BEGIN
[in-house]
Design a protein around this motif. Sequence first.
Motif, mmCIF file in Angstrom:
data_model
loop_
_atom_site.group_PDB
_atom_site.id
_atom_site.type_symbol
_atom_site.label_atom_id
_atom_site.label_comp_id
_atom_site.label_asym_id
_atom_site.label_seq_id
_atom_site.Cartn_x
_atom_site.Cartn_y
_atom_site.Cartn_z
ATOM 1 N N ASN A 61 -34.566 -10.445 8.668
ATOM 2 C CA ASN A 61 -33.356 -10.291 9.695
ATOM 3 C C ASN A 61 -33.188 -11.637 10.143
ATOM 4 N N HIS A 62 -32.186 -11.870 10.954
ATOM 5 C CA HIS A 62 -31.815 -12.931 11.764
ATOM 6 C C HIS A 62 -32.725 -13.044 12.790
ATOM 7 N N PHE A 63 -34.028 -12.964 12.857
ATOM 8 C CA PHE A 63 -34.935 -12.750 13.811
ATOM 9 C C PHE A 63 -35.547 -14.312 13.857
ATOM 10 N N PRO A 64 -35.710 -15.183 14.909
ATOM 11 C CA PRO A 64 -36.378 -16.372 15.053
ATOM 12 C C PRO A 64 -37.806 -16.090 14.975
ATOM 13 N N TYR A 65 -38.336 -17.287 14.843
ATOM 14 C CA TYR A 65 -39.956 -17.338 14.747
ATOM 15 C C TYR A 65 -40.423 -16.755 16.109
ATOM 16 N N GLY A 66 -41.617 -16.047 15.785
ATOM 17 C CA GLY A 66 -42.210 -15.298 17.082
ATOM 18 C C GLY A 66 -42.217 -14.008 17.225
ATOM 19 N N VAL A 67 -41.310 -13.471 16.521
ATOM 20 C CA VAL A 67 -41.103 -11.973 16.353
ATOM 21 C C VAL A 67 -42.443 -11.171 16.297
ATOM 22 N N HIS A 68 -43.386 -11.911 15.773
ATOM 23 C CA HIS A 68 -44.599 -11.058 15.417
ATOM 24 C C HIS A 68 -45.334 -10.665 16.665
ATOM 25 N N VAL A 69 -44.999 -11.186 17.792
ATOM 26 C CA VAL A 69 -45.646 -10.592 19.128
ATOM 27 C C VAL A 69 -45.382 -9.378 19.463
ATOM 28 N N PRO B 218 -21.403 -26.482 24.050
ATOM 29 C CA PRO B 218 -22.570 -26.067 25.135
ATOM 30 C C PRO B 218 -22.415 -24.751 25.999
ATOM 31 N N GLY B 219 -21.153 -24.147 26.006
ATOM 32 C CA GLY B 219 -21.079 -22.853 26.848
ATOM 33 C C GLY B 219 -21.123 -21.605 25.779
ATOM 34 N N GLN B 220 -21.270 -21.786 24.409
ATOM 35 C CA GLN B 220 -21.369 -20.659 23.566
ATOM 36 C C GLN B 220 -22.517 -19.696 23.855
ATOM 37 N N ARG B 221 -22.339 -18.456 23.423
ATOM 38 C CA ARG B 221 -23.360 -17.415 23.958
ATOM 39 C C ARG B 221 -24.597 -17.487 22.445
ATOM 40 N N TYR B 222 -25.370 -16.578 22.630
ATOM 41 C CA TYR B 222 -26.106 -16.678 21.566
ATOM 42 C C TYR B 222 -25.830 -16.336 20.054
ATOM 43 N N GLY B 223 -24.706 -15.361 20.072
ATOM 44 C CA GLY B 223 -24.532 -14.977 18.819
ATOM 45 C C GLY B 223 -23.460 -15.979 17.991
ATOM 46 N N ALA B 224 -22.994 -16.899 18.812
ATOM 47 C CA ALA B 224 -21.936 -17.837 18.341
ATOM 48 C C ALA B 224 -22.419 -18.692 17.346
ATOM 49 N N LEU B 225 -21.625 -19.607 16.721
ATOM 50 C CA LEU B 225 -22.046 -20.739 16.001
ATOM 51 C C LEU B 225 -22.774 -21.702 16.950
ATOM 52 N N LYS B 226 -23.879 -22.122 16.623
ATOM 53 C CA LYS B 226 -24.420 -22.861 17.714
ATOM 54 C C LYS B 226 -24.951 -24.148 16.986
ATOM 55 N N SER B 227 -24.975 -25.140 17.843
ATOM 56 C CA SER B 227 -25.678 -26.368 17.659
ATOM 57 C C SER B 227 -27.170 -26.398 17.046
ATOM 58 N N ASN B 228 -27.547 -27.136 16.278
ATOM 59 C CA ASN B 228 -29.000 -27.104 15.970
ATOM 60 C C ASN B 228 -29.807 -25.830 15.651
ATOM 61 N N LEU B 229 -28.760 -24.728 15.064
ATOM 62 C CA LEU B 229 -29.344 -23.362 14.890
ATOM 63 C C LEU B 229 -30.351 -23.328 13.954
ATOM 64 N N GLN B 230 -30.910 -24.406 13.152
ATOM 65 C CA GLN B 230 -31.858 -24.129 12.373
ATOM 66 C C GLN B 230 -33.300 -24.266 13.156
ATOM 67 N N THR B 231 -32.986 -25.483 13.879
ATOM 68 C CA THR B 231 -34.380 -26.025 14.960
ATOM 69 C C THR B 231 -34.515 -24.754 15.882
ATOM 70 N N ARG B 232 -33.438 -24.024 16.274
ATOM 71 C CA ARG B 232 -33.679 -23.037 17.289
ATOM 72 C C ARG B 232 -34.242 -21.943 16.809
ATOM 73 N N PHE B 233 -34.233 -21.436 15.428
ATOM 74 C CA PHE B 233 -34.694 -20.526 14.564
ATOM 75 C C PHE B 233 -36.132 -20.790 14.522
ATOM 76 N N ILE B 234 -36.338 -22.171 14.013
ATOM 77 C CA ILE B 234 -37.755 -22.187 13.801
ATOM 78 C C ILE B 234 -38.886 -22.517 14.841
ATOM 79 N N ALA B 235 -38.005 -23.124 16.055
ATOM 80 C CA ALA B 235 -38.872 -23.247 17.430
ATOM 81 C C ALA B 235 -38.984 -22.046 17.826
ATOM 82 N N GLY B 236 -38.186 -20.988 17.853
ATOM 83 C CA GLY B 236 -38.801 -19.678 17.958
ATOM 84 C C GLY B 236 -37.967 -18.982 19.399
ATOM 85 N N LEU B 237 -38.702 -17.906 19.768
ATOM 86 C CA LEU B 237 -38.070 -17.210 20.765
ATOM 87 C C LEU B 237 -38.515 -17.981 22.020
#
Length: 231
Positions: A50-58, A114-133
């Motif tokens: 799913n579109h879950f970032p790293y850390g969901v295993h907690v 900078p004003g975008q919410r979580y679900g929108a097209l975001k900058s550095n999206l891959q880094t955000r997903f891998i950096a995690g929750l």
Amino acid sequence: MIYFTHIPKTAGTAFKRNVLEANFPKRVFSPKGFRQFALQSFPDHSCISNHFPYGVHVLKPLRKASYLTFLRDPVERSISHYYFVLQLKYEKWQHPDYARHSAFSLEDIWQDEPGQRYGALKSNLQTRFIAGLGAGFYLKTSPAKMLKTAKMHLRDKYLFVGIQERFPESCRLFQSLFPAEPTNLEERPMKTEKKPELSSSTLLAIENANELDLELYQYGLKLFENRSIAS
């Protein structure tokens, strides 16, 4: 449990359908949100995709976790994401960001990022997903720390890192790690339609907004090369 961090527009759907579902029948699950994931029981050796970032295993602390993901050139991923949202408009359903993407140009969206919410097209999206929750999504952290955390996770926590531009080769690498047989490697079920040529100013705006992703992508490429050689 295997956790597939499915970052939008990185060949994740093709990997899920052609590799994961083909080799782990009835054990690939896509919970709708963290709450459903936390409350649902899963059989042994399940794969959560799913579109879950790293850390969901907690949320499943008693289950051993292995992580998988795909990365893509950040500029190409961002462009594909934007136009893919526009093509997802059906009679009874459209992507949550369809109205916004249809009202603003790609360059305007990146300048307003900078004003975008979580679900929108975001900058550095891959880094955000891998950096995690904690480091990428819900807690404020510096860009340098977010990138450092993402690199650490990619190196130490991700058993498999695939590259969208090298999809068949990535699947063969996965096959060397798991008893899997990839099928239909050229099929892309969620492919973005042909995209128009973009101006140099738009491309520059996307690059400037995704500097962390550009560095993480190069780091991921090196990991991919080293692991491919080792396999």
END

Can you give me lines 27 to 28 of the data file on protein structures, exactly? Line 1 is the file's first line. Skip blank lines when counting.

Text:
ATOM 12 C C PRO A 64 -37.806 -16.090 14.975
ATOM 13 N N TYR A 65 -38.336 -17.287 14.843